Possibly the most diversified of all trades, our Heavy Equipment Technician program provides you with the skills to obtain a career in the oil field, the transportation industry or in a shop environment. If you enjoy working on vehicles, have a strong mechanical aptitude and look forward to a variety of employment opportunities, this could be the trade for you.
Our Heavy Equipment Technician program provides you with hands-on experience while learning to maintain, repair and overhaul heavy vehicles and industrial equipment such as rippers, ditchers, backhoes, scrapers, tractors and trucks. We will show you how to work on components of the vehicle including brakes, suspensions, power train, engines, electrical, computer systems, driveline and fuel injection. You will learn how to interpret work orders and technical manuals, test repaired equipment for proper performance, diagnose faults or malfunctions and replace defective parts, components or systems.
If you enjoy precision work, problem solving and working with your hands, you may prefer this field. Having the ability to work independently or as part of a team, and to think logically and keep up to date with changes in technology are other valuable characteristics.
The apprenticeship term for this field is four years, including a minimum of 1500 hours of on-the-job training and eight weeks of technical training each year. We offer all four years of the program in Medicine Hat. At Medicine Hat College, we offer small class sizes, individualized attention and access to updated technology. The Heavy Equipment Technician program is one of eight apprenticeship programs leading to journeyman status and solid careers in the skilled trades.
One of the major reasons students select this career is because of the wages and the job diversity. The Heavy Equipment Technician program can direct you to employment opportunities in the oil field, gas compression and open pit mining. Others find careers working on highway trucks, off-road vehicles such as earth moving equipment, or as a shop foreman, manager or owner.
Many Albertans employed in this classification work in wholesale trade; construction; transportation and warehousing; oil and gas extraction and mining support activities; and metal fabrication and machinery manufacturing.
The first step to becoming an apprentice is finding a job in the trade you would like to study. This is like any other job search, except you are looking for an employer who is willing to hire you as an apprentice in a trade.
Once you have found employment, you can complete the Apprenticeship Application and Contract. This will allow you to be accepted as an apprentice tradesperson. Access the form at www.tradesecrets.gov.ab.ca.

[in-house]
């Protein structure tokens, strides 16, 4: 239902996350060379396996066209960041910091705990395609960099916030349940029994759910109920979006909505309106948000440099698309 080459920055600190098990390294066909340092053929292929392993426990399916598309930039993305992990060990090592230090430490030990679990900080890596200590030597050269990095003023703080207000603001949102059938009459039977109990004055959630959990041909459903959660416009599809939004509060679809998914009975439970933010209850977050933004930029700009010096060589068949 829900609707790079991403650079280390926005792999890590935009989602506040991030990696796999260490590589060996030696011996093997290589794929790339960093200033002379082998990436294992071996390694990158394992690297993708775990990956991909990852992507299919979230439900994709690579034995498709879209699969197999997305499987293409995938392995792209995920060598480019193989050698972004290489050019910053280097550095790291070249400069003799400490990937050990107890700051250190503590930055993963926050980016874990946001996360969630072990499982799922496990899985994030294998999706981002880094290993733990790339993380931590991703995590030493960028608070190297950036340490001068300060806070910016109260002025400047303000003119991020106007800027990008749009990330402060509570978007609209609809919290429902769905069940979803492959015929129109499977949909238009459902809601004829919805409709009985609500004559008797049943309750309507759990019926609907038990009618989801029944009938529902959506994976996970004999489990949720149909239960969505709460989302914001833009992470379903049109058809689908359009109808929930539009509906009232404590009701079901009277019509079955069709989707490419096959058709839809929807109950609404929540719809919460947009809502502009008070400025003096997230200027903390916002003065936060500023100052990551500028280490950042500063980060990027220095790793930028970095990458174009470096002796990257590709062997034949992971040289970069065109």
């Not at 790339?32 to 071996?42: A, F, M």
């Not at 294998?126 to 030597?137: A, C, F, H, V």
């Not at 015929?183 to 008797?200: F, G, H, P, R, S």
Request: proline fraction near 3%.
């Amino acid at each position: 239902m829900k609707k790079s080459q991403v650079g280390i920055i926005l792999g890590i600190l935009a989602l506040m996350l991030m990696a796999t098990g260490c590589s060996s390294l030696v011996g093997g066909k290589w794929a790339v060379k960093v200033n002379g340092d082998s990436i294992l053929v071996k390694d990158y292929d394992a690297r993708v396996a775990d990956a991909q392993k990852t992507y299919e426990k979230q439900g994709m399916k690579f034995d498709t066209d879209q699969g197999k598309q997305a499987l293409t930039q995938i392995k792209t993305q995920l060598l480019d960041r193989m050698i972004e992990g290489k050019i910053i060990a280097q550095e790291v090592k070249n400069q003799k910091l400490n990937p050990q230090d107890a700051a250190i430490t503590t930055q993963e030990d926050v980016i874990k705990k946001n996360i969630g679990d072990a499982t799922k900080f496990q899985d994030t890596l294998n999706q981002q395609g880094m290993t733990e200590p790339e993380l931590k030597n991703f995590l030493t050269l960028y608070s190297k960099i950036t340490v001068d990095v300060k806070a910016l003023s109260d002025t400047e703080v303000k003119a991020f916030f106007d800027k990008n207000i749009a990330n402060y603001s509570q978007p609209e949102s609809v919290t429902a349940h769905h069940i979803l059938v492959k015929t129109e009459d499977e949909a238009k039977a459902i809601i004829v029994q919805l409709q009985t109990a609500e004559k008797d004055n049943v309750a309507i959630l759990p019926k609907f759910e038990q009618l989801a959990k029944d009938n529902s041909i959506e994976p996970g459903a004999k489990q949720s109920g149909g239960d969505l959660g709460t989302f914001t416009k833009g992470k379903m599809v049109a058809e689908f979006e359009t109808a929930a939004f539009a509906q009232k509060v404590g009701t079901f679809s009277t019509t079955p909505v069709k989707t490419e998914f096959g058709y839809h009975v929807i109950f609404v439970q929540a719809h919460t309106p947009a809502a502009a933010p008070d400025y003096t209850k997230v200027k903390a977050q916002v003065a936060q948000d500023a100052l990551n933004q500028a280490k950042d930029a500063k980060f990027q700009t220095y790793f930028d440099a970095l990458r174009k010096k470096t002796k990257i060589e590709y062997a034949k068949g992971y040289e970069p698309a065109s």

After your application has been accepted, you will begin training with your employer and are now eligible to register for training at Medicine Hat College. You will then be sent an information package from the college on how to proceed with your registration (dates, times and location of first day of class).
2016/2017 Tuition and Fees
Tuition fees are set as per Government of Alberta policy. Books and supplies vary with each trade and cost about $400 per training period.
A $100 non-refundable deposit is due upon registration. The balance of tuition is due two weeks prior to the first day of classes. Unpaid tuition will result in an automatic withdrawal from class and you seat will be offered to the next person on the waitlist. No refunds will be issues after the third day of classes.
Certification and Graduation
You will be awarded an Alberta Completion of Apprenticeship Certificate when you successfully complete all requirements of your apprenticeship contract. In addition to and depending on the trade, you will receive a Journeyman certification.
Trades eligible for an Interprovincial Red Seal Certificate have an additional exam to write and upon successful completion of the exam, the seal is affixed to the Journeyman certificate when issued.
In the province of Alberta, there are two kinds of regulated trades.
Compulsory CertificationMust be either a journeyman or apprentice to work in the trade as legislated under the Alberta Industry and Training Act.
Optional CertificationTrades training is offered but optional.
Once signed, the contract must be delivered to Apprenticeship and Industry Training. An identification card, course outline booklet and, for most trades, an apprenticeship record book are issued to you. At this point, your apprenticeship training begins.
You must write an Apprenticeship and Trade Certification exam at the end of each technical training class. The passing mark is 70%. If you do not pass, you may be offered an apprenticeship supplemental exam. You must take the course again if you do not pass the supplemental exam.
To progress from one training period to the next and get a wage increase, you must
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